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Antimicrobial Resistance: Why the next government needs to prepare for ‘the coming plague'

Could antimicrobial resistance (AMR) be the incoming government’s next major challenge? AMR is a growing global threat, responsible for one in eight global deaths a year – estimated to kill 50 million people per year by 2050. Could the next pandemic be on the horizon? DR LINDSEY EDWARDS says AMR and the development of new antibiotics, vaccines, and diagnostics needs urgent attention from the next government.

Could you die from a simple dental infection? Antimicrobial Resistance (AMR) means this could become an everyday reality.

Bacteria and other microbes are evolving to resist the drugs traditionally used to kill them, such as antibiotics, transforming treatable infections into potentially deadly threats. AMR is often dubbed the "silent coming plague," jeopardising our ability to treat patients safely, crippling healthcare systems, and complicating care delivery for the most vulnerable in society. This critical global health challenge threatens to undo decades of medical progress and endangers millions of lives annually. If not addressed, AMR will suck trillions of pounds from the global economy and put pressure on already struggling healthcare systems.

Data from the Global Research on Antimicrobial Resistance (GRAM) project reveals the staggering toll of common bacterial infections. 

Each year an estimated 7.7 million deaths globally are caused by bacterial infections — 1 in 8 of all global deaths, making bacterial infections the second largest cause of death globally. Out of these bacterial infection deaths, almost 5 million are associated with bacteria that have developed resistance to antibiotics. Alarmingly, 1.27 million are caused by bacterial pathogens resistant to all available antibiotics, this number is predicted to continue to rise. Young infants, the elderly, people with chronic illnesses (currently responsible for 41million global deaths per year) or those undergoing cancer treatments or requiring surgical procedures are at the highest risk.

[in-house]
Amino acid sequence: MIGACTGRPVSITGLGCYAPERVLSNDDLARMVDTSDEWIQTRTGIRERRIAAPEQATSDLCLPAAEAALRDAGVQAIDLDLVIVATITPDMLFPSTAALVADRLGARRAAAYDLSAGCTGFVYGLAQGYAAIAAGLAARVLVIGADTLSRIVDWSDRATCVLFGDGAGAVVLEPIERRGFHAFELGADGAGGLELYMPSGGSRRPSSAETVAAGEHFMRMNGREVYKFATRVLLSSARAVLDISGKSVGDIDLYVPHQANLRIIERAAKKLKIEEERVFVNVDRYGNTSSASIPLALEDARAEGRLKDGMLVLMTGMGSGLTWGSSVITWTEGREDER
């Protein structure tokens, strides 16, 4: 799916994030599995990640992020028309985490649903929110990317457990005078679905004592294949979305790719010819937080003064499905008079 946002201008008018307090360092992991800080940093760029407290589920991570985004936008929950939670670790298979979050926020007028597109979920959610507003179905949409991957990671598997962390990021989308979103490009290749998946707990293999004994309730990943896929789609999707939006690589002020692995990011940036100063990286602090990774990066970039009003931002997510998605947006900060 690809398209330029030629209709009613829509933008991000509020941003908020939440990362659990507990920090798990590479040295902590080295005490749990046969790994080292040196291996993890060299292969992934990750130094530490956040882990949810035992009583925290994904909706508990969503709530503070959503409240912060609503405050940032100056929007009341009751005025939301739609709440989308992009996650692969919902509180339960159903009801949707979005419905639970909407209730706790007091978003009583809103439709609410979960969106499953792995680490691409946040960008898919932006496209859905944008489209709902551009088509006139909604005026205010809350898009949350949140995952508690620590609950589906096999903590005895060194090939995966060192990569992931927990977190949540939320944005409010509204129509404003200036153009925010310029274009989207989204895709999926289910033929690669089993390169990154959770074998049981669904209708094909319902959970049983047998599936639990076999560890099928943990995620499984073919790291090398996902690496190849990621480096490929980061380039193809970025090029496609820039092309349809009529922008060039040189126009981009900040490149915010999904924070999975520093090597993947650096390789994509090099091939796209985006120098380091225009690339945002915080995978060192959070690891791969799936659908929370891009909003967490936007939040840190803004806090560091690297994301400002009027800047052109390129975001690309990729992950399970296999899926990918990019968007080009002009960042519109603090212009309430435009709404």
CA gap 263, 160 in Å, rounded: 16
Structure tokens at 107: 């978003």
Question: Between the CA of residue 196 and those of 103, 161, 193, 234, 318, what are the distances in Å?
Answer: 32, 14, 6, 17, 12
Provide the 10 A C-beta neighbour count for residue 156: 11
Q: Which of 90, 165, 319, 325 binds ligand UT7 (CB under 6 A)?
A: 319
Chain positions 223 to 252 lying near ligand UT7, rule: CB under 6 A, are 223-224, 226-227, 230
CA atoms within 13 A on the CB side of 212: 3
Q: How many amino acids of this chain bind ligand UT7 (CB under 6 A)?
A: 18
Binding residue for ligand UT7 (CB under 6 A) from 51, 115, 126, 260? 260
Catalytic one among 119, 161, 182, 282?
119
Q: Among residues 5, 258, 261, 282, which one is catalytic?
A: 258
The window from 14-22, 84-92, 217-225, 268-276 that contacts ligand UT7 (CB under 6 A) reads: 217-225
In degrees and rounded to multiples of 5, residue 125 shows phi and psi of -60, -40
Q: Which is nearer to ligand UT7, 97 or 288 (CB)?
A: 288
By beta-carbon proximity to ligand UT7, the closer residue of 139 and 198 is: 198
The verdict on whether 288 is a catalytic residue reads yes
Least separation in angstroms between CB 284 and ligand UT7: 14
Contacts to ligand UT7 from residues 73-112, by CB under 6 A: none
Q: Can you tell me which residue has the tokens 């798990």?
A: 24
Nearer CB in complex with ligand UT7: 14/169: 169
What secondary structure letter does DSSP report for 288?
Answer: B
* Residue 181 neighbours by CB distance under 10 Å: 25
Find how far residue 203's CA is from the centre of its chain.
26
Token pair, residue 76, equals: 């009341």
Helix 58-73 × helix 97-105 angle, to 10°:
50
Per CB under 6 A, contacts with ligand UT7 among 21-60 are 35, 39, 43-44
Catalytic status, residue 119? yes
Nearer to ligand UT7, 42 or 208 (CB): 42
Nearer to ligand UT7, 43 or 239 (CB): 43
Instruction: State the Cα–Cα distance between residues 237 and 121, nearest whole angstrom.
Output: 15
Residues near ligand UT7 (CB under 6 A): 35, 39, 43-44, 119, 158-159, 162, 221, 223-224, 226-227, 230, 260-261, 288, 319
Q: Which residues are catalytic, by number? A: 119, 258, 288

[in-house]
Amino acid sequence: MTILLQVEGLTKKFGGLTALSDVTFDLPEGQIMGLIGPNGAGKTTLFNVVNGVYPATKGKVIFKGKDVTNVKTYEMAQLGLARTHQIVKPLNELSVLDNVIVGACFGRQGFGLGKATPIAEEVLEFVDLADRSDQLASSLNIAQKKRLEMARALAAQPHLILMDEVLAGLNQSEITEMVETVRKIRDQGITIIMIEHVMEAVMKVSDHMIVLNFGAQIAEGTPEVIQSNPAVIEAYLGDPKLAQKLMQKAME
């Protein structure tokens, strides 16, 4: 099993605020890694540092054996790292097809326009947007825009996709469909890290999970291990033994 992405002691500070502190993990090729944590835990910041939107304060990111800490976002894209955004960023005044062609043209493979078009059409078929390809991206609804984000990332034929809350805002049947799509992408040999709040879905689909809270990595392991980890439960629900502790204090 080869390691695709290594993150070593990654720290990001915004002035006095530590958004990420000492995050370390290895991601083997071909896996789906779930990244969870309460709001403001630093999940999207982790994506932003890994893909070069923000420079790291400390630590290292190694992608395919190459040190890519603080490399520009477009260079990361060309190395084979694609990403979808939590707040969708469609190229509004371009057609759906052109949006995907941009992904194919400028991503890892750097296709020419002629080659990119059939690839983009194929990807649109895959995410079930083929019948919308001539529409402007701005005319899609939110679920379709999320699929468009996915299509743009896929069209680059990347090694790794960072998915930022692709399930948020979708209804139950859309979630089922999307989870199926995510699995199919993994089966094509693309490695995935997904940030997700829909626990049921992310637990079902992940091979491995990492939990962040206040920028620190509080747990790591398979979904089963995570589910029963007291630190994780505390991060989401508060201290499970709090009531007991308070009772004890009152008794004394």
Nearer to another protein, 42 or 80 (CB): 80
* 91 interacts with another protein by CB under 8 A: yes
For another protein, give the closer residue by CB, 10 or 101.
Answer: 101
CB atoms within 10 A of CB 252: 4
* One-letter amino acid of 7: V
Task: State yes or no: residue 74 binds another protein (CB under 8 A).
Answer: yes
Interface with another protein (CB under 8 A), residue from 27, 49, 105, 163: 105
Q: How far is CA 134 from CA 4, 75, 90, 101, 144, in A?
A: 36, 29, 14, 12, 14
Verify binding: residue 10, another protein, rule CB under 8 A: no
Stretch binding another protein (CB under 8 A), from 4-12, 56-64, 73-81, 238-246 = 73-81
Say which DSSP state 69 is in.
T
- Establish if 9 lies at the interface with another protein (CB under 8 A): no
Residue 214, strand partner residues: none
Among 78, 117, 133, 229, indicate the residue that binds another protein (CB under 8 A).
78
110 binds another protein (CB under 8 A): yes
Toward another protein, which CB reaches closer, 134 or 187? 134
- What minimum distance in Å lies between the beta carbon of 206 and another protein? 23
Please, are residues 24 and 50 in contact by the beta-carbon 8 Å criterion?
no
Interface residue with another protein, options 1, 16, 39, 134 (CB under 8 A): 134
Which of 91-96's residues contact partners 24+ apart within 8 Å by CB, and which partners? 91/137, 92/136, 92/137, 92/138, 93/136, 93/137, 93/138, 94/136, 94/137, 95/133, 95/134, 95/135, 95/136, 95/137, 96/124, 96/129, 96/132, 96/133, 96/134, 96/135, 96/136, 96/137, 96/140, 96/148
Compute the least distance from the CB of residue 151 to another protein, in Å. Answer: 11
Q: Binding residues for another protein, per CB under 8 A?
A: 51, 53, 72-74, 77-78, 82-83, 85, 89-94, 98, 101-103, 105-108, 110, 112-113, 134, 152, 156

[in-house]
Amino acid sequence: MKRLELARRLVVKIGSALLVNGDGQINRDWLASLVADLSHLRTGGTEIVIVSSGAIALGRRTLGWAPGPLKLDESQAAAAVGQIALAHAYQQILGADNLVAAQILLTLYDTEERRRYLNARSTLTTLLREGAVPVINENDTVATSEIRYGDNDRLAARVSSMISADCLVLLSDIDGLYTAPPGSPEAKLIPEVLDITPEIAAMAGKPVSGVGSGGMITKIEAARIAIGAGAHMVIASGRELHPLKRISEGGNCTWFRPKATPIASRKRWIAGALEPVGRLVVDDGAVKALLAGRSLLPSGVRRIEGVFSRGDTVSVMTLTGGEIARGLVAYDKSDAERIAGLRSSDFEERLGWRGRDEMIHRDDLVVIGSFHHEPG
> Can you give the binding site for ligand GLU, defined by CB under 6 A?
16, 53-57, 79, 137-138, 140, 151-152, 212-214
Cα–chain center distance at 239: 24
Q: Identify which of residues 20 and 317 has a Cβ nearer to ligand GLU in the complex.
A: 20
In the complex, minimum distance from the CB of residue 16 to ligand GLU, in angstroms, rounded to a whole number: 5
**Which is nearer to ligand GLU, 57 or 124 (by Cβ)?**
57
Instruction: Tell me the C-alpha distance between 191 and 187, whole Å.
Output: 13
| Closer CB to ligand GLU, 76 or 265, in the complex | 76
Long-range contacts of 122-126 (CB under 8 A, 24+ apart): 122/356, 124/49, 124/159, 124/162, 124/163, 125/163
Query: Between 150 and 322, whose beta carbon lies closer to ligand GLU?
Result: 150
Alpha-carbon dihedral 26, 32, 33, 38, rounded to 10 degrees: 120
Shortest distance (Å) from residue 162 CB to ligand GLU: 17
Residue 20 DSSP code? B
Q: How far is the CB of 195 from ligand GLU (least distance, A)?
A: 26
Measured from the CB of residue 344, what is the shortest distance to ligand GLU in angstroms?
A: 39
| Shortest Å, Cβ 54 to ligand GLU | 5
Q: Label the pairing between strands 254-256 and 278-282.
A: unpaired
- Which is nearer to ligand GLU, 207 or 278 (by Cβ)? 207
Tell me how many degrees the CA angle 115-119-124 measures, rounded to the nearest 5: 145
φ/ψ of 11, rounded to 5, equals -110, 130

Infections disproportionately affect low - and middle-income countries and AMR is inextricably linked with global warming and food security underscoring the urgent need for targeted interventions, and strengthened health systems, highlighting the utmost urgency of addressing this escalating global threat.

The World Health Organization (WHO) has highlighted the gravity of this crisis, noting that none of the 43 antibiotics currently in development adequately address this alarming global health crisis. This alarming situation underscores the urgent need for innovative and sustainable strategies to combat drug-resistant infections. The development of new antibiotics is crucial, however, it is not a long-term solution, as resistance to these drugs will eventually develop and any gains will be lost.

How gut microbiome plays a vital role in tackling AMR

Instead of just developing new antibiotics, which will in time become resistant, we can shift the focus on the gut microbiome, the community of microbes living in our digestive tracts, which play a vital role in maintaining our health. Diet and agricultural practices dramatically alter the microbiome and susceptibility to AMR.